What an end to a wonderful day. My horses were super, well behaved and happy. Man, what a high.

Saturday, September 29, 2012

More Rebel Hoof Shots

Today has been a great, but busy day. It started with a trim appointment for Rebel and Jenna which is a week late. This time with the aid of a bag of carrot pieces, Rebel was much more cooperative and less tense.
I still have a lot of work to do on his feet. Here are some pictures:

Left front rear, He steps heavy on the outside

Left front bottom (before rounding)

Left front before and after. In the after shot you can see where I had to file more where some gravel caused a crack.

Left front inside before and after

Left front outside before and after

Right front rear

Right front bottom

Right front before and after

Right front inside before and after

Right front outside before and after
And here are a couple pictures of the actual horse, Rebel and one of Jenna.
Pardon my finger


My other challenge, Jenna
More about the rest of my day later...

Tuesday, September 25, 2012

Wardrobe Malfunction

For Comrade not me.
Peggy purchased a dressage treeless saddle which I have been attempting to test. Attempting being the key word in that phrase.
The first ride we realized that we needed a much smaller dressage girth. The 26 in girth went all the way up on both sides and was still slightly loose. I don't know what size horse they expect to use this saddle, but they need to make girths specific to these saddles. Balance test anyone?
Next I cursed my short legs. The saddle came with those leathers that have no buckle and adjust from the bottom. Unfortunately the shortest setting was a hole longer then my normal dressage length. That ride I muddled through, but did not feel like I could get a good read.
The second ride Peggy was able to provide a 16 in girth, which still only left a couple holes on each side. This time I used normal leathers, only to find that there was no place to tuck the extra and the buckle would cause pressure under the thigh. So we moved the buckle to the bottom and let the extra hang. All good now... Right?
Not quite. Comrade was a little sticky, but I was able to go through all his gaits. Then as I was trotting along I felt a pop under my right leg and then my leg got longer. I looked down to see my stirrup leather fall to the ground. OOPS...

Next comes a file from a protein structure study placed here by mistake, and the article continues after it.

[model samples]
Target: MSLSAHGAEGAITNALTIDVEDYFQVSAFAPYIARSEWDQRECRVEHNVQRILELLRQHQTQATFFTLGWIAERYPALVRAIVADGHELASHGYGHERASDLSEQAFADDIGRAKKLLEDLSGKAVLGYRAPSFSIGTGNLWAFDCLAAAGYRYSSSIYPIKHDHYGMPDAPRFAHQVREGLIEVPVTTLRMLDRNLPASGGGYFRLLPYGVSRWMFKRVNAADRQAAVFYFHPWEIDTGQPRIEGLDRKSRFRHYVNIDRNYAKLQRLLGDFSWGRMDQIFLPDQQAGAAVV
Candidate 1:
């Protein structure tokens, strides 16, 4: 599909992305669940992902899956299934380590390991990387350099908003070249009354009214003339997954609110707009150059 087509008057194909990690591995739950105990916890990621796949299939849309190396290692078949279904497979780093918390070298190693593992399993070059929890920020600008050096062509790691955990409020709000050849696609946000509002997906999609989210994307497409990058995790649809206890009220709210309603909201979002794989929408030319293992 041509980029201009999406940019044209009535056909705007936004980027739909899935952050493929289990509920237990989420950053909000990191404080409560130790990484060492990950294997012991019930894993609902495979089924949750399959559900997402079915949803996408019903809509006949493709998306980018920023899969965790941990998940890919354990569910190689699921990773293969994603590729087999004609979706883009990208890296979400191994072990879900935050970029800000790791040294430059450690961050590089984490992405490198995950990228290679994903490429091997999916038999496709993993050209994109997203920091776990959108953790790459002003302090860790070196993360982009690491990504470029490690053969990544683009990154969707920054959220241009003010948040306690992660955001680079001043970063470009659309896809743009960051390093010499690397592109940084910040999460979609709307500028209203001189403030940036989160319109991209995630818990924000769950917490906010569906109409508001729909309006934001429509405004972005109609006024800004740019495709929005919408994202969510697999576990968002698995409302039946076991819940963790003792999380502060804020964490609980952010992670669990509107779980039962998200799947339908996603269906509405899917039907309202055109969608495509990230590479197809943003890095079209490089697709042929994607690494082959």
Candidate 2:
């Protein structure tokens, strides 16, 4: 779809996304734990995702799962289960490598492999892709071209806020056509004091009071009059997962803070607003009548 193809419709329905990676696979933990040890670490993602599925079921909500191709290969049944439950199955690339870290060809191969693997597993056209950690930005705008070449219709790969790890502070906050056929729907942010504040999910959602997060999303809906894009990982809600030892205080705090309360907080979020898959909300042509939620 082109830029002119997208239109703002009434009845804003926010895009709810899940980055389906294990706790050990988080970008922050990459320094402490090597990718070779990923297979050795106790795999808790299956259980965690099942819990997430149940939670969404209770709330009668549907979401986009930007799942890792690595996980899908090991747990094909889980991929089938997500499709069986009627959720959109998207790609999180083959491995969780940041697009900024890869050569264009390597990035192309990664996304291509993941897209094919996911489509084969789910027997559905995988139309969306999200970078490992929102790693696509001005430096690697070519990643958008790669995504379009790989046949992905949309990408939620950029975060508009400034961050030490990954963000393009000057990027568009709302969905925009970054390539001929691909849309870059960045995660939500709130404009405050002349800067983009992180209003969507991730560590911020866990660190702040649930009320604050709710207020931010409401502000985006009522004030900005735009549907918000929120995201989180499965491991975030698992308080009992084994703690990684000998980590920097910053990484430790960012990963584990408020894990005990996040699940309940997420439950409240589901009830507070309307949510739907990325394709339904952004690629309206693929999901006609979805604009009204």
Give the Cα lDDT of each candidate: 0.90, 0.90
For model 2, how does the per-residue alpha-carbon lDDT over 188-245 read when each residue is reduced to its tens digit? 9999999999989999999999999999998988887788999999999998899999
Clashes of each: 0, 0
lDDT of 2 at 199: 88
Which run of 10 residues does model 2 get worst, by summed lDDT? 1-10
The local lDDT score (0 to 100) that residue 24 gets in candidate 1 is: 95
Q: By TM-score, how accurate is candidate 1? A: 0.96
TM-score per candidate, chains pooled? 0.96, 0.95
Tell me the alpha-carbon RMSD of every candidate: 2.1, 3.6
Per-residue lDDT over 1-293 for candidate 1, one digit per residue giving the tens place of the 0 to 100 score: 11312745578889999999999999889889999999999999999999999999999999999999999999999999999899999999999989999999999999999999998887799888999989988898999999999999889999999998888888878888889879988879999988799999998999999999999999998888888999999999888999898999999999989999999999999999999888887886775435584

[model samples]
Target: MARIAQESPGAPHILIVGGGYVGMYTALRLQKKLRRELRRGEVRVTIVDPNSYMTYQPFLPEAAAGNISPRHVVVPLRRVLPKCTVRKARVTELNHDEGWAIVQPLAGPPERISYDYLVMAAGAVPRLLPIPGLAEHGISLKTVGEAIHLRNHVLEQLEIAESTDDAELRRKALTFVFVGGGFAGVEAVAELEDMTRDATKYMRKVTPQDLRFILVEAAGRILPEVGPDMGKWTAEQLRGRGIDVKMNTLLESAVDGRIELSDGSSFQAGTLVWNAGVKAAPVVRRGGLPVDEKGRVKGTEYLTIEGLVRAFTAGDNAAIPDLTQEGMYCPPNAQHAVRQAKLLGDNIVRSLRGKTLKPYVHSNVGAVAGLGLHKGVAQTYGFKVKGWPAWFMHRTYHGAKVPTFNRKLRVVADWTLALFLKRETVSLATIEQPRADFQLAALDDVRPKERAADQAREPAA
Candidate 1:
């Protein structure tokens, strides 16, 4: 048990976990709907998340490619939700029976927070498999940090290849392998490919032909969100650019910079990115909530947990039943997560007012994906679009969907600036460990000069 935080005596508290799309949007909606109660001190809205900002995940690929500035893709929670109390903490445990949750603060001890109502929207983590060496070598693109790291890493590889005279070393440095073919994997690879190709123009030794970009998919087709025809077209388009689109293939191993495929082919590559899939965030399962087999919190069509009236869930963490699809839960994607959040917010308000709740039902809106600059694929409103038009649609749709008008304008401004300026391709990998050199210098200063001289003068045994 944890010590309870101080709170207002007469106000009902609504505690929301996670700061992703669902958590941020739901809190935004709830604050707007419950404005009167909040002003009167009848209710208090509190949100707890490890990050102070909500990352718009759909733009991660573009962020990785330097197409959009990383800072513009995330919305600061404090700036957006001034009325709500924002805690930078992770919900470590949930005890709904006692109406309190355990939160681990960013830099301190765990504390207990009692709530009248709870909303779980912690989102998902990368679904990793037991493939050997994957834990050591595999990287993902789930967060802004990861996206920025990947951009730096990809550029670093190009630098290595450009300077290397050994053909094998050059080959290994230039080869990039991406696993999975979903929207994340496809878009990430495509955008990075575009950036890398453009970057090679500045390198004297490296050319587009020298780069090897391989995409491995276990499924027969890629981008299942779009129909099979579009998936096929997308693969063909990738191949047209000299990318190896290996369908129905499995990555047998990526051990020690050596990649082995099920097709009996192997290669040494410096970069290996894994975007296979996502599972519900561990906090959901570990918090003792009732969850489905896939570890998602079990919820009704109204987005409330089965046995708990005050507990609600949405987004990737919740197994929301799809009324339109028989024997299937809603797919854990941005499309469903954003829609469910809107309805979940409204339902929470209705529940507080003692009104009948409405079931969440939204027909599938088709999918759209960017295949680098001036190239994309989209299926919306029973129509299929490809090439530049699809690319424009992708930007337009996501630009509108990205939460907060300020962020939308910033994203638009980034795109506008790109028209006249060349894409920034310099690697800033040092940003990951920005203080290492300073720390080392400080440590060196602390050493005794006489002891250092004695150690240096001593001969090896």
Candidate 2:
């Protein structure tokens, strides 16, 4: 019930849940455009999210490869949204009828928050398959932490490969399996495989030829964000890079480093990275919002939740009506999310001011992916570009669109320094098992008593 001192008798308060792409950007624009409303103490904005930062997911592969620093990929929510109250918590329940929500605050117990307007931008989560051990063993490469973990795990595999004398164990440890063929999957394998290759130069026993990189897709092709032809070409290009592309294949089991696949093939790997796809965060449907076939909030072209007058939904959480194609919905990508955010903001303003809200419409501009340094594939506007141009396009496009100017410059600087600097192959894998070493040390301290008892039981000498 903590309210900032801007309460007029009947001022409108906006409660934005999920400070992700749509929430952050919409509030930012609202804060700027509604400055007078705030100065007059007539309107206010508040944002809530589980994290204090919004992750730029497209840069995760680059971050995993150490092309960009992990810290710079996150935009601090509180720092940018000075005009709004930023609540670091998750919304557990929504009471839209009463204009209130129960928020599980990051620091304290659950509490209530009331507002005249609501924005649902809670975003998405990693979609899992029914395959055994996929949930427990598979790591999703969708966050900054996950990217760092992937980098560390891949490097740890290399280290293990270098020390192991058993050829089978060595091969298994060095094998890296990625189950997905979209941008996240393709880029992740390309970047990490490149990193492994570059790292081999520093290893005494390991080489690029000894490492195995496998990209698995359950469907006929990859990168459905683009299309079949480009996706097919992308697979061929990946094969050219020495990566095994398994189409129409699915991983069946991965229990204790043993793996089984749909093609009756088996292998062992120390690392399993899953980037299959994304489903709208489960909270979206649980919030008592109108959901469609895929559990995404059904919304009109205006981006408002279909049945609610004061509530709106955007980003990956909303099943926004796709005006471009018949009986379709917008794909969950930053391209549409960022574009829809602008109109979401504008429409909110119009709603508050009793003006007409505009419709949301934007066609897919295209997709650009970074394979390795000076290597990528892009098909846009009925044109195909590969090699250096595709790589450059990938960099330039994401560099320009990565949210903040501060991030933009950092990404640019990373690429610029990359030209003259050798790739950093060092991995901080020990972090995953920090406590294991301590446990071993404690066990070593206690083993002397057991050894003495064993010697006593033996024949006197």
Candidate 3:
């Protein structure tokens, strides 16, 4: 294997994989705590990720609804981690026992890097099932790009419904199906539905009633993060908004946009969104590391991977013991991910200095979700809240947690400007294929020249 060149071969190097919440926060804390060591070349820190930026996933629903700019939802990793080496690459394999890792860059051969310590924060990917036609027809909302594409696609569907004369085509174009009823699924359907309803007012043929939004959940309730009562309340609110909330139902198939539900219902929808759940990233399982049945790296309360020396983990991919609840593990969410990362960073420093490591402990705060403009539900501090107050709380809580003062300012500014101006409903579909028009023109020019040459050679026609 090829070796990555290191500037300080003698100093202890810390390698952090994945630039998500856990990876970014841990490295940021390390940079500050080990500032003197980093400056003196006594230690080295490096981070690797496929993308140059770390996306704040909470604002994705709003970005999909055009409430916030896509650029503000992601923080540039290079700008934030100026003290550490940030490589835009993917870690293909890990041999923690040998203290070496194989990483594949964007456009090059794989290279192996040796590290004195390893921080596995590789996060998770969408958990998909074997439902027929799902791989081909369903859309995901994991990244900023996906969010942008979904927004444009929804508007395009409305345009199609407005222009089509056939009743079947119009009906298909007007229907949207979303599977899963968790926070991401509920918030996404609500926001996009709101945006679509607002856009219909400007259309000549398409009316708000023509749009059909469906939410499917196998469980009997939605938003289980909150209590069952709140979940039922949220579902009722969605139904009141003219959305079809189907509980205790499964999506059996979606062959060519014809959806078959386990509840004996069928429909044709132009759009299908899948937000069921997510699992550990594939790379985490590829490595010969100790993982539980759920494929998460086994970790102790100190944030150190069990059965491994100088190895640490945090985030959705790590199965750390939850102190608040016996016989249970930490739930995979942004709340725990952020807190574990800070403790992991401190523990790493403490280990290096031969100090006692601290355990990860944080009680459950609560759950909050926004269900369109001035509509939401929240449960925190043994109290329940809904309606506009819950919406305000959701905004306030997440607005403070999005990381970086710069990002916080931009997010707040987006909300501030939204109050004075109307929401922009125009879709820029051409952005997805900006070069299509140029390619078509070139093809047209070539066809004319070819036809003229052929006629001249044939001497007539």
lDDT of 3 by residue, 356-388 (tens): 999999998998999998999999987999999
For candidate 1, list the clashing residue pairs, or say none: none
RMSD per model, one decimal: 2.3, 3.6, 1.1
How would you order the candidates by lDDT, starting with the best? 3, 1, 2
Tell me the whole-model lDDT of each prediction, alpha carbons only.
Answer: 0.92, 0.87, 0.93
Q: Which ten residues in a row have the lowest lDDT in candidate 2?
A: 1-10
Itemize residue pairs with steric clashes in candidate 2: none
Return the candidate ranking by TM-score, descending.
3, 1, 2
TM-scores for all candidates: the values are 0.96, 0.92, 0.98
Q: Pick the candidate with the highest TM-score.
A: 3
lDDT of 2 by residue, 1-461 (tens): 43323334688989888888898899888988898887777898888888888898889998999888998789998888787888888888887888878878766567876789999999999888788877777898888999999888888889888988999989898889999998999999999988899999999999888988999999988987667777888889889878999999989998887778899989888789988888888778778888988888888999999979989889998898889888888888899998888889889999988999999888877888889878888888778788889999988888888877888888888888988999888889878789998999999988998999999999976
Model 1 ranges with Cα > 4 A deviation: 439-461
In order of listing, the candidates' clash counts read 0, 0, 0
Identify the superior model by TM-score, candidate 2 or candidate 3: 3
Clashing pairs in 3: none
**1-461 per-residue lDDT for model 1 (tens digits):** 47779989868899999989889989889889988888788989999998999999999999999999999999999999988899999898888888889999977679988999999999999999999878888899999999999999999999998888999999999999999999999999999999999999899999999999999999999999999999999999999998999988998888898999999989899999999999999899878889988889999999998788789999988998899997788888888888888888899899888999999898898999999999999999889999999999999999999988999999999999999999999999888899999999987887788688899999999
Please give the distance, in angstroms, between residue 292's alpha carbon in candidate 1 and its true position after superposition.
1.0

Peggy put it back on and off we went. BUT it happened again. After that I pulled off the left one too and rode a bit more without stirrups. Time for another plan.
The third ride we figured we had it all put together. Peggy bought another set of stirrups similar to the first. She spent half an hour poking new holes so they would be short enough for me. I hopped on and we had to adjust the length to play with where the metal piece landed. It ended up low, but as I rode I felt like a horse being ridden with spurs. The peg which locks the length was right under my calf. Just imagine engaging your leg and getting a jab. It just got worse as the leather settled. I had to call an end to extensive work or I would have been badly bruised even with half chaps. I decided to go out on trail a let him have some fun. I let him jump some jumps and move around the trail. He was frisky and I really wish I could have let him go, but then I felt a familiar pop under my right leg. Darn it!
Frisky pony and trick stirrups don't mix. Another lost ride.
He moves so well in the treeless saddles that working through the kinks is worth it, but man is it frustrating. The dressage treeless has the option of moving the stirrup bars. We are going to try to move them back, so they are more under me and similar to the how the Wintec Isabel is set up. If that does not work... who knows.
My next ride I am putting the Isabel on so I get do some work. Maybe we will put the widest gullet that comes with the Wintec Wide into the Isabel. Something has to work for Comrade and me.

Sunday, September 23, 2012

Locks of Love: The Cut

After a couple weeks delay, I finally made it into the salon to cut my hair.

I left how much to cut to my stylist. Locks of Love stipulates at least 10inches at the longest point.
After she measured and decided she braided the length before the cut.

The hair ended up being about 13 inches in length and I was much lighter. You never realize the weight hair has until it is gone.
Once my stylist took all her pictures, she cleaned up the cut into a great style. I have been going to her for 8yrs so she knows my lifestyle and needs.
So now I can package and mail my donation after 3yrs. Timing worked out actually as my sister's birthday was this week. And the after shot...
She dolled me up for her pictures. I never look like this normally. I took my newly made up self over to Peggy's and went for a ride. Hello helmet hair :)

Wednesday, September 19, 2012

Space + Pony + Cart = AWESOME

Over the weekend we moved our little cart from Peggy's to our barn. So today we had Peggy come over and try driving Rosemary in our arena. Mom and I wanted her to work her first before we tried on our own.
We hooked her to the cart by the barn and led her to the arena. Then Peggy got in and we did a couple laps around before I took off the lead. The video was taken after Peggy warmed her up. Peggy asked her for more today. With the open field, Rosemary could really open her trot better than in the small arena. She was a bit sticky on the end nearest the barn, which she does even under saddle, so Peggy had to engage her mind before coming to the area. Mostly she set her up to make the turn. It was amazing to see Rosemary have to figure out turns without a fence to guide. In a short time she was able to drive the end without Rosemary sucking back or bulging her shoulder.